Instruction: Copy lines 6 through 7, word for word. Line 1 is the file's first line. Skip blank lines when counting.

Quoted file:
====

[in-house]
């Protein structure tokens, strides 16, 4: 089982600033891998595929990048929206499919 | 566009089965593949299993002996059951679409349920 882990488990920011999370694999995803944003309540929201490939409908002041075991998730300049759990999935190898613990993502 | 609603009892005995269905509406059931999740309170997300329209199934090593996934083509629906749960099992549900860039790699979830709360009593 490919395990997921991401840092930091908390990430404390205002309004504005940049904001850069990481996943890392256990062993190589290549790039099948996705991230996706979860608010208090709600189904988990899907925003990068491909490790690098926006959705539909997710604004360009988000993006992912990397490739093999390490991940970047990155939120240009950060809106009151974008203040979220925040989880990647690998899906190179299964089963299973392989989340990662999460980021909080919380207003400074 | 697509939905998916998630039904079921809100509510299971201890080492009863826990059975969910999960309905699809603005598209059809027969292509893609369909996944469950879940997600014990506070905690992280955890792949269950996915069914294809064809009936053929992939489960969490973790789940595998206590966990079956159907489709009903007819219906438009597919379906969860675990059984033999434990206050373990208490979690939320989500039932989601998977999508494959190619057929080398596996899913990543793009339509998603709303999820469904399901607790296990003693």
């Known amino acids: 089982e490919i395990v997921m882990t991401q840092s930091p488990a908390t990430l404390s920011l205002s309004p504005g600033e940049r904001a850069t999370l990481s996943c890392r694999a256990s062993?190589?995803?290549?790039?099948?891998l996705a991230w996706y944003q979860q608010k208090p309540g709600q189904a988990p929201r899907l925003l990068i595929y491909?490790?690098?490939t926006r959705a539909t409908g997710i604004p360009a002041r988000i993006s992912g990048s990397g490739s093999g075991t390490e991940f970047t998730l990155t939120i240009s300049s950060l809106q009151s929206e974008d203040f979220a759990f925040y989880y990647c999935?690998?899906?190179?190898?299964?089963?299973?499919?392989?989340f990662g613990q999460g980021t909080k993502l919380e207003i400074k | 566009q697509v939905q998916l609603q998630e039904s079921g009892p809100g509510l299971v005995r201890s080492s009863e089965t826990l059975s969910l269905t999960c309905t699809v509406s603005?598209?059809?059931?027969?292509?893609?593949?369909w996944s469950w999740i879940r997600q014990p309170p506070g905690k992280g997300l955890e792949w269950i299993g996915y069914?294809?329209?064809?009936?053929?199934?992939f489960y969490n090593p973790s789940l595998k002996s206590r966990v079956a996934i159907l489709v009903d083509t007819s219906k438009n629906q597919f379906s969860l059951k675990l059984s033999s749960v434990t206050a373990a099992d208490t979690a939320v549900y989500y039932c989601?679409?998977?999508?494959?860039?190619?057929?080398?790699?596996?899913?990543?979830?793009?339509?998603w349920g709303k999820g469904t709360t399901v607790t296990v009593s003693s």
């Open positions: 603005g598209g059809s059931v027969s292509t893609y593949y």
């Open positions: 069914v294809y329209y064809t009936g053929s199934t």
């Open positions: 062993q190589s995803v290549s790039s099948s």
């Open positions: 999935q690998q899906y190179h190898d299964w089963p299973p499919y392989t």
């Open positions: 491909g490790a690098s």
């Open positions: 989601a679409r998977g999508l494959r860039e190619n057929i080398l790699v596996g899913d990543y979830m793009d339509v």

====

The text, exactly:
């Open positions: 062993q190589s995803v290549s790039s099948s």
């Open positions: 999935q690998q899906y190179h190898d299964w089963p299973p499919y392989t």